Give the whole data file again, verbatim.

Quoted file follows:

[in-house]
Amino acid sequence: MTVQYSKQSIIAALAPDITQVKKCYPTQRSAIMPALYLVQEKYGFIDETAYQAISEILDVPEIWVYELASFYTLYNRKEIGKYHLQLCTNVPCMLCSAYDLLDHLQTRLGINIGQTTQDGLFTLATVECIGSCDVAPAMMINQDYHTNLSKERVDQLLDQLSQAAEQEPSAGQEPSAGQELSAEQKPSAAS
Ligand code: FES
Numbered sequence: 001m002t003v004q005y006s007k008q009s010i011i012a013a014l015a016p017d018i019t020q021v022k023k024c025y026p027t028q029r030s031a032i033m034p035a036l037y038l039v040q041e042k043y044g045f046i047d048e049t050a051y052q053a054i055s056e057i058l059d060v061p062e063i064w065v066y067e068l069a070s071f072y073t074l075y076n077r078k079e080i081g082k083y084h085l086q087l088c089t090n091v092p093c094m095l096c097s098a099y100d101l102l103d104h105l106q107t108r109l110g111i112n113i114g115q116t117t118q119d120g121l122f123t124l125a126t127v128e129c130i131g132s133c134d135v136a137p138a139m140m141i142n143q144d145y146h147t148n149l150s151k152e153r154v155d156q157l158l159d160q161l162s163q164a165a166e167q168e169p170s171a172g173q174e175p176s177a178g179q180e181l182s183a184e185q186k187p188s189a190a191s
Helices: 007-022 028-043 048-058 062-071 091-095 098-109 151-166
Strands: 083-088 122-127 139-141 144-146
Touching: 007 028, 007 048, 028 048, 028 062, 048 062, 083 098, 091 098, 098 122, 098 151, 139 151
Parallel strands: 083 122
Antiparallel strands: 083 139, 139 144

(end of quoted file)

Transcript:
[in-house]
Amino acid sequence: MTVQYSKQSIIAALAPDITQVKKCYPTQRSAIMPALYLVQEKYGFIDETAYQAISEILDVPEIWVYELASFYTLYNRKEIGKYHLQLCTNVPCMLCSAYDLLDHLQTRLGINIGQTTQDGLFTLATVECIGSCDVAPAMMINQDYHTNLSKERVDQLLDQLSQAAEQEPSAGQEPSAGQELSAEQKPSAAS
Ligand code: FES
Numbered sequence: 001m002t003v004q005y006s007k008q009s010i011i012a013a014l015a016p017d018i019t020q021v022k023k024c025y026p027t028q029r030s031a032i033m034p035a036l037y038l039v040q041e042k043y044g045f046i047d048e049t050a051y052q053a054i055s056e057i058l059d060v061p062e063i064w065v066y067e068l069a070s071f072y073t074l075y076n077r078k079e080i081g082k083y084h085l086q087l088c089t090n091v092p093c094m095l096c097s098a099y100d101l102l103d104h105l106q107t108r109l110g111i112n113i114g115q116t117t118q119d120g121l122f123t124l125a126t127v128e129c130i131g132s133c134d135v136a137p138a139m140m141i142n143q144d145y146h147t148n149l150s151k152e153r154v155d156q157l158l159d160q161l162s163q164a165a166e167q168e169p170s171a172g173q174e175p176s177a178g179q180e181l182s183a184e185q186k187p188s189a190a191s
Helices: 007-022 028-043 048-058 062-071 091-095 098-109 151-166
Strands: 083-088 122-127 139-141 144-146
Touching: 007 028, 007 048, 028 048, 028 062, 048 062, 083 098, 091 098, 098 122, 098 151, 139 151
Parallel strands: 083 122
Antiparallel strands: 083 139, 139 144